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2010 Best Legal Department…And the Winner Is?

Corporate Counsel's fifth annual competition for "2010 Best Legal Department" identified Microsoft as its winner. The winning legal department was one that prevailed in a prolonged and very expensive antitrust legal battle. As Ian Forrester, a partner at White & Case who represented Microsoft in Brussels put it, the case is "a really extraordinary piece of legal history." Some have called the settlement one of Microsoft's general counsel, Brad Smith's crowning achievements. He and his legal team ended more than a decade of close scrutiny by European regulators. The software colossus can keep doing business across the Atlantic, and the stage is now set for better relations with Brussels.

The litigation successes were among several reasons Microsoft was named Best Legal Department of 2010. The department achieved success after having its budget and staff cut for the first time, due to the economic meltdown. The department improved its diversity, it's helped laid-off workers get free computer training, and has represented immigrant children in court. In other words, it has reached out to the community and given back in tough times.

All three legal departments that were selected this year (the other three finalists) had one thing in common: they retooled and achieved great success doing "more with less."

  • Finalist: Discover Financial Services
  • Finalist: Hewlett-Packard Company
  • Finalist: The Williams Companies, Inc.
See below what made each of these legal departments stand out from the crowd:

Discover Financial Services
2009 Net Income: $1.3 billion
General Counsel: Kelly McNamara Corley
Number of In-House Lawyers: 34
Pro's: Doing a lot with very little.
Con's: No formal pro bono program.
Why Was It Picked as Finalist: The legal department at Discover — the country's sixth-largest credit card company, headquartered in the Chicago suburb of Riverwoods — has only 34 lawyers. While they have limited resources, they are doing a lot with what they have. Its tiny litigation team — with just one full-time attorney and two part-time lawyers — handled over 1,000 legal matters in 2009, while resolving 11 of 14 pending class action suits. Not bad for a small legal team!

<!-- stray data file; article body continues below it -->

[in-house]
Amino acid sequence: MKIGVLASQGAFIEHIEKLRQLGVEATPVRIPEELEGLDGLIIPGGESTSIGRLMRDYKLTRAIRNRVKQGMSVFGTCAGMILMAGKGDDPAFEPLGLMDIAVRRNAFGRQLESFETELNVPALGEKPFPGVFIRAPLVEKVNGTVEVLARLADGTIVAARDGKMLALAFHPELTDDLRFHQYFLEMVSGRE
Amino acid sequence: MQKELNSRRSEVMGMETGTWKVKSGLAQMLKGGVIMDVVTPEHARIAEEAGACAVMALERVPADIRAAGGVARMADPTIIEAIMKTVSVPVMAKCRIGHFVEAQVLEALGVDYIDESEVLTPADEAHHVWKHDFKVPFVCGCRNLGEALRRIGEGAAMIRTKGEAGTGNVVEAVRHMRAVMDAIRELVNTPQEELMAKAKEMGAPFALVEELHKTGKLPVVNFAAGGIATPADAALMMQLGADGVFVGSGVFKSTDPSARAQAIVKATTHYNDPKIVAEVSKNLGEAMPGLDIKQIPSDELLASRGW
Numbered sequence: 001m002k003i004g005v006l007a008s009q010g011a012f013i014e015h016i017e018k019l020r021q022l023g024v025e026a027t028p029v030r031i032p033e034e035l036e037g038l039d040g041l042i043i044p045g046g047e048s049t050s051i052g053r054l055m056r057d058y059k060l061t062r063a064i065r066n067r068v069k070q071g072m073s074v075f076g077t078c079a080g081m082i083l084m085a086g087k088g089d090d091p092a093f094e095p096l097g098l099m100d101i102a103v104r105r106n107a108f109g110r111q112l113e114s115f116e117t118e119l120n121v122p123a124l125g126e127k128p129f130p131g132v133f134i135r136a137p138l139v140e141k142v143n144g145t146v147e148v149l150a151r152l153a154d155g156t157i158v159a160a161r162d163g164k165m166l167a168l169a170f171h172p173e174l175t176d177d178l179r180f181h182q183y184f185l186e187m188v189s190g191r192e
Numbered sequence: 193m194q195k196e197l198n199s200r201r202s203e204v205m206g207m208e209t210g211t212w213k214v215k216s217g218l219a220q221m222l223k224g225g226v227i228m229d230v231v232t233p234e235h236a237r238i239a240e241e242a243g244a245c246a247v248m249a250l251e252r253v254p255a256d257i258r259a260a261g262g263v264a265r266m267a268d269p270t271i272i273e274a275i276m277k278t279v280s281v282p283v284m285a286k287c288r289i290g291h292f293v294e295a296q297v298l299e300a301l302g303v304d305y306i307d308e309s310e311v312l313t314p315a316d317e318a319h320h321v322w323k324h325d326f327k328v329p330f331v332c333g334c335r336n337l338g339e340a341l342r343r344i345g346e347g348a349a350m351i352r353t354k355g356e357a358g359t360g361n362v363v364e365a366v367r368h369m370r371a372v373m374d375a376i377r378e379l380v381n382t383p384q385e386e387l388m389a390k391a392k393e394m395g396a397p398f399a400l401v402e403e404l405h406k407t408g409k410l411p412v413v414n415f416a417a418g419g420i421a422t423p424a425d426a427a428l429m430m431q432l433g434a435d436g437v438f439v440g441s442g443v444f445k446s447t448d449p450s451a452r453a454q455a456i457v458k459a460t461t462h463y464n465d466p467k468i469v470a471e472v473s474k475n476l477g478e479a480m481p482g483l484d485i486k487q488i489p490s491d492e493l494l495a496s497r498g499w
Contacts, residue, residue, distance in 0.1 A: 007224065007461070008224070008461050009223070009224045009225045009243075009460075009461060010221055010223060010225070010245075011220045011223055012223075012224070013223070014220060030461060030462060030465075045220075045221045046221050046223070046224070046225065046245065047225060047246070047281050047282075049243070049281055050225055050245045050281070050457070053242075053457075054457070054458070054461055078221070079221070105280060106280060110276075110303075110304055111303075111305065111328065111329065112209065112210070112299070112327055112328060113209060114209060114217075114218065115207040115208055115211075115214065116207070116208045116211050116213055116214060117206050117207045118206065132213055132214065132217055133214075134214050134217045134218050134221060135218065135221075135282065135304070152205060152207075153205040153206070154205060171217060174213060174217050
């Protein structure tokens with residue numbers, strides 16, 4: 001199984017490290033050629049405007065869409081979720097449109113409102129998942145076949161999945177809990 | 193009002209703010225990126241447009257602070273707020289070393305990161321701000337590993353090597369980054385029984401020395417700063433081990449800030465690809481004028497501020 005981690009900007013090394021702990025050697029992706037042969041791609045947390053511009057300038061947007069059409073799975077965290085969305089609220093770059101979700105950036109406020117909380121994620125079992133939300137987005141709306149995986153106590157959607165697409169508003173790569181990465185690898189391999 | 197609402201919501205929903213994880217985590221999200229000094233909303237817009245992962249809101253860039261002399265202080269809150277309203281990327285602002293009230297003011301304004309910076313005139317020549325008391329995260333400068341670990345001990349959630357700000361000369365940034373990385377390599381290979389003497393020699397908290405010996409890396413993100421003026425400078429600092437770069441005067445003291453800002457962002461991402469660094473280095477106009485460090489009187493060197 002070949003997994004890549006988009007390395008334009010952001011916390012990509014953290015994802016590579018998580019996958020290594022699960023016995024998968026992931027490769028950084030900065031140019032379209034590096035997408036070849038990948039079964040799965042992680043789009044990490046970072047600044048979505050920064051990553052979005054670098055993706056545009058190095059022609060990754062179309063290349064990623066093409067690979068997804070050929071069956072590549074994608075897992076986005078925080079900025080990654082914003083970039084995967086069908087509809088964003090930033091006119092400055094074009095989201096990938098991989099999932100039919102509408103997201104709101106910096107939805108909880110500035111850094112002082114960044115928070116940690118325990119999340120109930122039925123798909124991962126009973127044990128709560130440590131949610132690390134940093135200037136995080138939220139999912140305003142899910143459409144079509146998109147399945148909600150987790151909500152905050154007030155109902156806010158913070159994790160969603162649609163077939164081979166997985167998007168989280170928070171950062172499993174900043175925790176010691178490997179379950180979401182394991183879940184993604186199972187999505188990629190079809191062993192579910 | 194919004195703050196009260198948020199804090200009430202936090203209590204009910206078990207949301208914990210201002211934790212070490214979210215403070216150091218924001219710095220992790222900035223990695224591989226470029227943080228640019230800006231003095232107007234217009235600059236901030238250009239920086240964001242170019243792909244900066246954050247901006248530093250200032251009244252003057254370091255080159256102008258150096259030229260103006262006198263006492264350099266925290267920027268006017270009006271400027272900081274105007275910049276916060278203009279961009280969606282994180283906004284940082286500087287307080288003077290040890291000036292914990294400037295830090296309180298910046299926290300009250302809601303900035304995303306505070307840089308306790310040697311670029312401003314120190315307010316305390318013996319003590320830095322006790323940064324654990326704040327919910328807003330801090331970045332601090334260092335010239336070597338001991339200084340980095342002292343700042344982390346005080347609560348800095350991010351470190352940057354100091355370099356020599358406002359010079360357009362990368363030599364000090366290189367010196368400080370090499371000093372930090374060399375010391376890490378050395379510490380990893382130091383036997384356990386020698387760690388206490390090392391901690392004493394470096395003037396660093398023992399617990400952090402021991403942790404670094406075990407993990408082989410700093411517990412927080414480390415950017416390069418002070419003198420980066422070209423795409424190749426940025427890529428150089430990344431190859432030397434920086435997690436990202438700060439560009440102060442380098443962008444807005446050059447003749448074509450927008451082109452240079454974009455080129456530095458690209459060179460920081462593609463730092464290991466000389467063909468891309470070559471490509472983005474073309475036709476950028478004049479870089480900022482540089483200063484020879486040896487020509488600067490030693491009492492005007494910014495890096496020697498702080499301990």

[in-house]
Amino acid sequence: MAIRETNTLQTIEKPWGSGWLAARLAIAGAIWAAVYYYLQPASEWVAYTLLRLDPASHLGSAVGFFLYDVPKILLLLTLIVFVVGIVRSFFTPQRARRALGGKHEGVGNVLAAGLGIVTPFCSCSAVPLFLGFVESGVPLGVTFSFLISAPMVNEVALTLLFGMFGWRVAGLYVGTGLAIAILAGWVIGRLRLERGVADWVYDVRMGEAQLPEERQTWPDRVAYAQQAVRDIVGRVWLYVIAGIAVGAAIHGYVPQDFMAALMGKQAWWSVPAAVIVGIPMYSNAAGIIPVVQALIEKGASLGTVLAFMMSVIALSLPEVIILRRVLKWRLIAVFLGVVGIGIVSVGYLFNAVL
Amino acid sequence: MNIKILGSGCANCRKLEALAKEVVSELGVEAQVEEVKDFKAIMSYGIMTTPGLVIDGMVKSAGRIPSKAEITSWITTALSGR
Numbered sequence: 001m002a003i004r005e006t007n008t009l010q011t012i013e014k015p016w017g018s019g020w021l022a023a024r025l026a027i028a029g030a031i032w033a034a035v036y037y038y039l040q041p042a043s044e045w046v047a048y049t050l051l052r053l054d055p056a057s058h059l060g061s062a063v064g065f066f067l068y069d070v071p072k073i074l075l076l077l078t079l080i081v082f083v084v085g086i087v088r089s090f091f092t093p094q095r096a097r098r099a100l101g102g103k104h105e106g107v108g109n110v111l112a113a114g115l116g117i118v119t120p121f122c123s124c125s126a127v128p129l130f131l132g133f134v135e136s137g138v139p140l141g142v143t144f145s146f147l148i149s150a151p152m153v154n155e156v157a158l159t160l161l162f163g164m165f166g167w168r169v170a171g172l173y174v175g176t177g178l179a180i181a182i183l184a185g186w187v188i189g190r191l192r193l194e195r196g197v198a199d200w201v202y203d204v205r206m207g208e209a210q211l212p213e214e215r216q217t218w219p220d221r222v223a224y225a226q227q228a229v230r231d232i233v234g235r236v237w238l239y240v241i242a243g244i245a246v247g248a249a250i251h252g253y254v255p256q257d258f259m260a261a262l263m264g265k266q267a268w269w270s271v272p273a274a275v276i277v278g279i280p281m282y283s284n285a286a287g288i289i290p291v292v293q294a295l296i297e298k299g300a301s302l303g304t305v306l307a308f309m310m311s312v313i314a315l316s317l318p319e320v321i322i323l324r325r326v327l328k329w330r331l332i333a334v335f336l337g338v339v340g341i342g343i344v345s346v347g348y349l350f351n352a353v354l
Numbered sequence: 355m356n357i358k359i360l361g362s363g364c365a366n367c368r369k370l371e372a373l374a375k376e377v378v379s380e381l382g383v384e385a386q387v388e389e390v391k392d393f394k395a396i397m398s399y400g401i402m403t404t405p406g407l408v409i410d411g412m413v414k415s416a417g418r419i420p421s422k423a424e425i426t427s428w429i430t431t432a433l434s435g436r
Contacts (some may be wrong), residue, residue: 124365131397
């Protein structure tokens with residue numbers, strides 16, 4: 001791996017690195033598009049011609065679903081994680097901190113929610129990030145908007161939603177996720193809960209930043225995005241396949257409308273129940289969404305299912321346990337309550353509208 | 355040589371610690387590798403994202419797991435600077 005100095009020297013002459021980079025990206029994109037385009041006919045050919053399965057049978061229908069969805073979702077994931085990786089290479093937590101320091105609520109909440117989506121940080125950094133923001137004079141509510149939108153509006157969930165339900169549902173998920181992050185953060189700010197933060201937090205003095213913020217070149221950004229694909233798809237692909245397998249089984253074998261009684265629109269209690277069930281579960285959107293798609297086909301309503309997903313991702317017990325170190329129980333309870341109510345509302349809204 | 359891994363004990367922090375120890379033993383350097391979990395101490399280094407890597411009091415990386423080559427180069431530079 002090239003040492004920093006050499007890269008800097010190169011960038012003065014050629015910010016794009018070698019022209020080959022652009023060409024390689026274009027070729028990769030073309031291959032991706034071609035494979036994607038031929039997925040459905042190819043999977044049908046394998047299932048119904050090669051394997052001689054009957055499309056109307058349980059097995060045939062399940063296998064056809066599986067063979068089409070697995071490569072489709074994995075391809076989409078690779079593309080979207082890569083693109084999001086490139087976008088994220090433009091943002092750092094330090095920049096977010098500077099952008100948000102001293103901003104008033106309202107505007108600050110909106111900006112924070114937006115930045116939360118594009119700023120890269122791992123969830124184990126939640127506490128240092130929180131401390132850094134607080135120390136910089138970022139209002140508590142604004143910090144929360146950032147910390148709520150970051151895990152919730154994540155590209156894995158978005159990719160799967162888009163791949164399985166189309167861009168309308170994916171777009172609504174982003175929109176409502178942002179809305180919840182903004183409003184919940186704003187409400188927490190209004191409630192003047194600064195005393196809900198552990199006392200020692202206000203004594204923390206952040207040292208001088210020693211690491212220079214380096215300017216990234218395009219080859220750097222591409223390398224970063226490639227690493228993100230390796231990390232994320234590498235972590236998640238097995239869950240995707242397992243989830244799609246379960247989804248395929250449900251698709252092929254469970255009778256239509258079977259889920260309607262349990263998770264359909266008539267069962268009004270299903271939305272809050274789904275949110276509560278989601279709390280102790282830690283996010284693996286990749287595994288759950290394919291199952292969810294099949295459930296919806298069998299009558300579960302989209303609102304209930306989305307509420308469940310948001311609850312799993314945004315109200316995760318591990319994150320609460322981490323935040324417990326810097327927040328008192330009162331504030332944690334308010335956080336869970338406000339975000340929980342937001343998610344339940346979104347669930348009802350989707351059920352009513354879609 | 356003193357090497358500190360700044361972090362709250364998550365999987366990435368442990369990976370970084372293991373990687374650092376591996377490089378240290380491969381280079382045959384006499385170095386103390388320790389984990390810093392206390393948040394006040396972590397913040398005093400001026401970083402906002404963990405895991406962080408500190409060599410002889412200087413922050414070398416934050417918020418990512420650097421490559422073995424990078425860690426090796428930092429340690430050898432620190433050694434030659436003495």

Hewlett-Packard Company (HP)
2009 Revenue/Net income: $114.55/$7.66 billion
General Counsel: Robert Holston
Number of In-House Lawyers: 190/425 (worldwide)
Pro's: Good litigation management, excellent pro bono and diversity programs.
Con's: Ad hoc flextime and fixed-fee arrangements.
Why Was It Picked as a Finalist: Retooling of the legal department, reorganization of litigation, and commitment to pro bono and diversity. "This isn't a place lawyers go to retire," said deputy GC Ashley Watson. Today, HP lawyers describe the department as "energized." In the past two years especially, there have been higher work expectations, a boatload of new hires, and ambitious new projects like revamping the company's worldwide system for complying with local laws that have meant more work for newcomers and veterans alike. Changes were not easily made, but today HP's Legal Department stands as one of the best in the country.

The Williams Companies, Inc.
2009 Revenue/Net Income: $8.3 billion/$285M
General Counsel: Jim Bender
Number of In-House Lawyers: 39
Pro's: Outside counsel management, discovery, and pro bono efforts.
Con's: Diversity.
Why Was It Picked as a Finalist: Williams' legal department was able to do what most talk about, but never get to achieve: to cut its outside legal expenses by about 15 percent. The effort started six years ago, when General Counsel Jim Bender decided to reduce the number of law firms the natural gas company used, and implemented blended-rates (that came as close to fixed rates as can be). Williams's ability to use its data to effectively manage outside counsel is one reason it was chosen as a finalist for Best Legal Department. They've also done a god job implementing a new compliance program and developing a comprehensive approach to discovery. Kudos for a legal department that's done what most hope to achieve , but never quite get to do - make real cuts into outside legal fees.

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